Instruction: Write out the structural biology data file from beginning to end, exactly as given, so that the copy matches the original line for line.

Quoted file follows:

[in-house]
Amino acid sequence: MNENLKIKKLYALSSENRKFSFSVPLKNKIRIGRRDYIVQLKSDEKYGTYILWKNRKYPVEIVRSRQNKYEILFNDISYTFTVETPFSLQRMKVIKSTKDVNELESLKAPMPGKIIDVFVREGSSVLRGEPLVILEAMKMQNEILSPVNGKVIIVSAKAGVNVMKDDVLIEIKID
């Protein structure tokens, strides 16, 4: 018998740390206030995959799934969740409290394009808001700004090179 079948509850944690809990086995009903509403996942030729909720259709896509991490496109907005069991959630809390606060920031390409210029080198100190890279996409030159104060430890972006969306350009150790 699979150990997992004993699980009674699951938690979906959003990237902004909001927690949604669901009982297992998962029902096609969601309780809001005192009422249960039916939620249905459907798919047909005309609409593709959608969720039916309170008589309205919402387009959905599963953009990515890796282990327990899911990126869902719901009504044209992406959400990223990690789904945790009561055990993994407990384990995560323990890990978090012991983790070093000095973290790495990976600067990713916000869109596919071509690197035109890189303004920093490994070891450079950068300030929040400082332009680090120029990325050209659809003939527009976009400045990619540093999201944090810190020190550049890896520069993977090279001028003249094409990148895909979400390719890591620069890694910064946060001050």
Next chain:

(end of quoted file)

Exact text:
[in-house]
Amino acid sequence: MNENLKIKKLYALSSENRKFSFSVPLKNKIRIGRRDYIVQLKSDEKYGTYILWKNRKYPVEIVRSRQNKYEILFNDISYTFTVETPFSLQRMKVIKSTKDVNELESLKAPMPGKIIDVFVREGSSVLRGEPLVILEAMKMQNEILSPVNGKVIIVSAKAGVNVMKDDVLIEIKID
């Protein structure tokens, strides 16, 4: 018998740390206030995959799934969740409290394009808001700004090179 079948509850944690809990086995009903509403996942030729909720259709896509991490496109907005069991959630809390606060920031390409210029080198100190890279996409030159104060430890972006969306350009150790 699979150990997992004993699980009674699951938690979906959003990237902004909001927690949604669901009982297992998962029902096609969601309780809001005192009422249960039916939620249905459907798919047909005309609409593709959608969720039916309170008589309205919402387009959905599963953009990515890796282990327990899911990126869902719901009504044209992406959400990223990690789904945790009561055990993994407990384990995560323990890990978090012991983790070093000095973290790495990976600067990713916000869109596919071509690197035109890189303004920093490994070891450079950068300030929040400082332009680090120029990325050209659809003939527009976009400045990619540093999201944090810190020190550049890896520069993977090279001028003249094409990148895909979400390719890591620069890694910064946060001050």
Next chain: